According to BBC’s investigation, postal workers are being paid to steal bank cards.
The investigation for Inside Out West Midlands revealed that Fraudsters had been enticing staff of Royal Mail using online advertisements, with some offering to pay £1,000 a week to intercept mail containing cards and PINs.
According to UK Finance, more than 11,000 people had their bank cards stolen in transit in 2016, costing issuers of the cards around £12.5m.
Royals Mail refused to reveal how many workers had been proven guilty of this crime but the company informed the BBC that “the theft of mail is very rare.”
A journalist from the BBC went undercover by pretending to be a postman and responding to an ad offering £1,000 a week to block letters.
The journalist met with a member of a gang in Lewisham, who said to him: “We’re going to tell you, for example, that Ms *****, she’s going to have a letter from NatWest,” the BBC reported.
“Any letters from NatWest for Ms *****, intercept. As simple as that.
“If you open up a new account you’re going to get your card and you’re going to get your PIN, right? Two letters, that’s all it is.
“We do that, you intercept the letters, bring them back to us, you get paid.”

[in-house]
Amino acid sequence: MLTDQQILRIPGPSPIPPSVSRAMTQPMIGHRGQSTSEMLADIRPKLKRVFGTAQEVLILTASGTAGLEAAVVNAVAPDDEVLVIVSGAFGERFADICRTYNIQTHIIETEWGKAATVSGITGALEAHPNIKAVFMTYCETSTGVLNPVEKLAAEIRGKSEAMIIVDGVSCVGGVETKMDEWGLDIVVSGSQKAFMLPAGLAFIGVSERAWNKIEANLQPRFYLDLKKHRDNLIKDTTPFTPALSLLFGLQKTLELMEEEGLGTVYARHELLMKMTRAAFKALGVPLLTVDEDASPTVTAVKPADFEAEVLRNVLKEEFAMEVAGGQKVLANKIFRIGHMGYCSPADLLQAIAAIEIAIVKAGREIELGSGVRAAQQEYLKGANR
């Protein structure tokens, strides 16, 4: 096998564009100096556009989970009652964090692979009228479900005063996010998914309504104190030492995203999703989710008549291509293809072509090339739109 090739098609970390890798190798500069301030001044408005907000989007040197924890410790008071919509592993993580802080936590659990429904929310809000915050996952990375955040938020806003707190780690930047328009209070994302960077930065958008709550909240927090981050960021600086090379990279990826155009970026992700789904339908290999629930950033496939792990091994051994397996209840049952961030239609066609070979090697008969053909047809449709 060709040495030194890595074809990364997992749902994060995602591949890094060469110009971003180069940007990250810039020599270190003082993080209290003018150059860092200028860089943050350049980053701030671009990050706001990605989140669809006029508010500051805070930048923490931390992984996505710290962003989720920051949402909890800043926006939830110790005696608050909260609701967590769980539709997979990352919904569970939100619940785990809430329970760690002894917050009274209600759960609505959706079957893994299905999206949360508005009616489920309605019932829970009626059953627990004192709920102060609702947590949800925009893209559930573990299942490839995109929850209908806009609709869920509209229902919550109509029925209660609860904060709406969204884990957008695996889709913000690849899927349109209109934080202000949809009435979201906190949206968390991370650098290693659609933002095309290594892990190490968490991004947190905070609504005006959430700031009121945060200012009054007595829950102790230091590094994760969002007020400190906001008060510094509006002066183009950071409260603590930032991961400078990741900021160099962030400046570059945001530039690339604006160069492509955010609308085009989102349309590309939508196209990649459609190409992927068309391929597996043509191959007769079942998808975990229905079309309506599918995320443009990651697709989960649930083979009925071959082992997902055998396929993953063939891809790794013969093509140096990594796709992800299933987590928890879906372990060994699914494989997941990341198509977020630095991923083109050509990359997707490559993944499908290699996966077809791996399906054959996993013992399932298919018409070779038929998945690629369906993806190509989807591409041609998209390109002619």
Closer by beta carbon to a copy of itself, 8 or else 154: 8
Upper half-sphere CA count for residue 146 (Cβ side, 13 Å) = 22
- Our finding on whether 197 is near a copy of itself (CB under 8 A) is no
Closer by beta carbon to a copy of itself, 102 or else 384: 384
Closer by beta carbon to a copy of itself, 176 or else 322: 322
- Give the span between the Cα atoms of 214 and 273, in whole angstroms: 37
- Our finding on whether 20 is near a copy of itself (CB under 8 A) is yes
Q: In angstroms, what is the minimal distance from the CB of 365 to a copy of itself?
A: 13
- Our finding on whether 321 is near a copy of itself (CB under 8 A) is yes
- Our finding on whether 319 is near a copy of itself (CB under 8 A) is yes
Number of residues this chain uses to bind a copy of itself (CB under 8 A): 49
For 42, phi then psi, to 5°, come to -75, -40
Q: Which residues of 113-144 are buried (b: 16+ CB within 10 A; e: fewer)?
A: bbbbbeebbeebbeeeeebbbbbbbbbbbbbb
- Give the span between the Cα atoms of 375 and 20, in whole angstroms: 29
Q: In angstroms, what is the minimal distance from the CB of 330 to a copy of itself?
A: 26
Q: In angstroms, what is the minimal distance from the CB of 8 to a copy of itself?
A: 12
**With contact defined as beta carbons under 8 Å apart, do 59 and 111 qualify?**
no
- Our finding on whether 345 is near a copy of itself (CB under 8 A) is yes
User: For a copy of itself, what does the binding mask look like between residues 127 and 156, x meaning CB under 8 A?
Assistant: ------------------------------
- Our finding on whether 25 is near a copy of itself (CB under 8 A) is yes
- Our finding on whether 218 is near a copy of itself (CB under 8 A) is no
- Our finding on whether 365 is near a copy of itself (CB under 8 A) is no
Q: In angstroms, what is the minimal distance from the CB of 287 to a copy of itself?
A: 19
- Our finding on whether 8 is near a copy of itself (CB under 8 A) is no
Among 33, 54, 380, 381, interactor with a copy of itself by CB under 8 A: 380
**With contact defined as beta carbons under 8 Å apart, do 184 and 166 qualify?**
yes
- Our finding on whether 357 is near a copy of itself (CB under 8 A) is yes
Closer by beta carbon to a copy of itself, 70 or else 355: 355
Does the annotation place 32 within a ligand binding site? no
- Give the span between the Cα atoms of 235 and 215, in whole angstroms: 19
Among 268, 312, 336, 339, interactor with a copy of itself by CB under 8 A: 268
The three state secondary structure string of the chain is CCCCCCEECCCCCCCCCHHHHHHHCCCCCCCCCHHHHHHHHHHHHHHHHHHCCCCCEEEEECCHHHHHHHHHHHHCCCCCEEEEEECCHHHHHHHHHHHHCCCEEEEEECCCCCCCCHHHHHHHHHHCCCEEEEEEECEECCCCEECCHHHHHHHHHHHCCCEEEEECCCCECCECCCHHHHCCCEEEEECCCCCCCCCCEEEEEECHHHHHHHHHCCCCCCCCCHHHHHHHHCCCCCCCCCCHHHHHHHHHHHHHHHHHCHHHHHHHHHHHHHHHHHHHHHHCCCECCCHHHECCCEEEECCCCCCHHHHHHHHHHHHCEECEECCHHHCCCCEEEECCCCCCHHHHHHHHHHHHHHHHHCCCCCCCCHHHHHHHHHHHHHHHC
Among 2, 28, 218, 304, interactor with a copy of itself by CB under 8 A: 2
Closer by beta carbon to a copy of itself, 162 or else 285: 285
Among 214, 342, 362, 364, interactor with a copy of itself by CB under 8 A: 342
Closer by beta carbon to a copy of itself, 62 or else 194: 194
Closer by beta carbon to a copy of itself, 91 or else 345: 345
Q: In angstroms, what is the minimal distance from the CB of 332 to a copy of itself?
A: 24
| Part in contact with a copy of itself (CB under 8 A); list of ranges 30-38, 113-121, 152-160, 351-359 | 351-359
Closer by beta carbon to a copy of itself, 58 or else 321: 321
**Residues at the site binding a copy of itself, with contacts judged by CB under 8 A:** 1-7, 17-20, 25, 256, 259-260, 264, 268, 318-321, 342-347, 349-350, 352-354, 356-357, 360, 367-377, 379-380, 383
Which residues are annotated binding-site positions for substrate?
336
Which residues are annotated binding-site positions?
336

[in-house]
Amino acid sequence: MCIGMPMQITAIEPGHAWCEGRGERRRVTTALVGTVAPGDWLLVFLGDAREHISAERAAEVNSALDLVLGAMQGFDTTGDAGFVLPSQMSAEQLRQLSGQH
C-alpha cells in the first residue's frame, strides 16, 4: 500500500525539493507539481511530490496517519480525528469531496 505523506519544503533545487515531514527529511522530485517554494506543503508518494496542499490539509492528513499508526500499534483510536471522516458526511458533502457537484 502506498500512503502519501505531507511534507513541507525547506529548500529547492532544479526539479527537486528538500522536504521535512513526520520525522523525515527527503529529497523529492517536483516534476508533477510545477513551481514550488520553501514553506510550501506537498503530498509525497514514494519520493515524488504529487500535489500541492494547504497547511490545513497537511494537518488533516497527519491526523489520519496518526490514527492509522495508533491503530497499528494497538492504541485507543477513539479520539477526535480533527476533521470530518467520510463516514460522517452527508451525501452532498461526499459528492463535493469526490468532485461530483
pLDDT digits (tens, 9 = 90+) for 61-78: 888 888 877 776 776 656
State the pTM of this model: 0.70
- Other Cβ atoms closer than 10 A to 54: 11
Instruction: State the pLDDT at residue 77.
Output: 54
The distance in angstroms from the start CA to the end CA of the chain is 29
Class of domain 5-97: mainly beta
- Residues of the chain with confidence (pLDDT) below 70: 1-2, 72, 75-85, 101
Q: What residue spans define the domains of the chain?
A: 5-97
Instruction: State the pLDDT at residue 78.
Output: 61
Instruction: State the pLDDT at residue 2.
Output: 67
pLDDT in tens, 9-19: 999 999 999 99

According to the unidentified gang member, a gang in Birmingham has been in operations for 30 years. He also said that leader has “been in the game for 30 years.”
“He’s worked with a number of postmen,” continued the gang member.
“I’ve worked with two. One was in the Midlands – Coventry – and one was on the outskirts of London, Romford area.
“But my guy, he lives in Birmingham and I obviously do the work, he sorts out the other side.”
The economic and frauds teams of the West Midlands Police said that they are not aware of the finding of the BBC and it has not had any reports regarding this kind of fraud.
However, when the BBC journalist confronted the contact, he ran away.
Since the Royal Mail was privatised in 2013, figures reveal that 1,759 workers from the Royal Mail were convicted of theft between 2007 and 2011.
UK Finance informed the BBC that it works with Royal Mail to target these kinds of gangs.
“We do have our own police unit and they target organised criminality,” head of fraud detection at UK Finance, Katy Worobec, stated.
“They try and get the people who are actually organising the criminality behind the scene.
“Once you’ve taken that part of the gang out, the thing falls apart.”
A spokesperson from the Royal Mail informed the Standard: “Royal Mail notes that the Inside Out programme’s findings do not include any evidence of Royal Mail employees being involved in the alleged fraud. We take all instances of fraud – alleged or actual – very seriously.
“Our security team is reviewing the programme’s findings as a matter of urgency and will continue our close and ongoing cooperation with the relevant law enforcement agency.
“The overwhelming majority of postmen and women do all they can to protect the mail and deliver it safely. The safety and security of mail is of the utmost importance to Royal Mail.
“We deliver millions of items safely every day and the theft of mail is rare. The business operates a zero tolerance approach to any dishonesty. We prosecute anyone we believe has committed a crime.”